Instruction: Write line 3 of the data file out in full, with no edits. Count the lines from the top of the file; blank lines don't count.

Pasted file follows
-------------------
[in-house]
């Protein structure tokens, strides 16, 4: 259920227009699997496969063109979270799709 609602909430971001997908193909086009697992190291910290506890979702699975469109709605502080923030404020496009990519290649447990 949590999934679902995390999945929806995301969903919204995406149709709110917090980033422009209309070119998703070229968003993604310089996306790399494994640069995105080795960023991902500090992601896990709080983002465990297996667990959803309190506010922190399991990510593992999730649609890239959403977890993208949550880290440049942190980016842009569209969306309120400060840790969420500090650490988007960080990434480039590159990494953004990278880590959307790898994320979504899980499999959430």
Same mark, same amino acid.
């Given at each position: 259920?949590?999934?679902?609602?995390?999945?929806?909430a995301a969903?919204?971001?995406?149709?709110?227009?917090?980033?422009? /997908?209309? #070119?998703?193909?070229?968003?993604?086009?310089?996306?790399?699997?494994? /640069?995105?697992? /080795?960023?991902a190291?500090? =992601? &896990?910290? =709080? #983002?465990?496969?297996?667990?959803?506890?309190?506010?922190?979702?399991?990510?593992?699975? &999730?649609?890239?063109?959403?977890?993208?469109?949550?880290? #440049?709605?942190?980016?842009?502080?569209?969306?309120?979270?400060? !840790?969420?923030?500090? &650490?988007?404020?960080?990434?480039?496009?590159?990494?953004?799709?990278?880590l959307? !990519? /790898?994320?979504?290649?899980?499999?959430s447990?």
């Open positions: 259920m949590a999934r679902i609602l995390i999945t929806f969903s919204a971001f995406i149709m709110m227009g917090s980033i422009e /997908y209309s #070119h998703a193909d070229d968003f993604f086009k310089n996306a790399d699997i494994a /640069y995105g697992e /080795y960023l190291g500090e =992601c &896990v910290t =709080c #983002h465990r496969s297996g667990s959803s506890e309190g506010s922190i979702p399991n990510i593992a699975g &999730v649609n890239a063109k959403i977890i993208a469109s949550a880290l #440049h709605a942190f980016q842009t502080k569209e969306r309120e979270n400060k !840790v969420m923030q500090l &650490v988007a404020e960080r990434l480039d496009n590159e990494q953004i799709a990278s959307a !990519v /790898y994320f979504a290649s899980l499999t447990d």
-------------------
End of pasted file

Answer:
Same mark, same amino acid.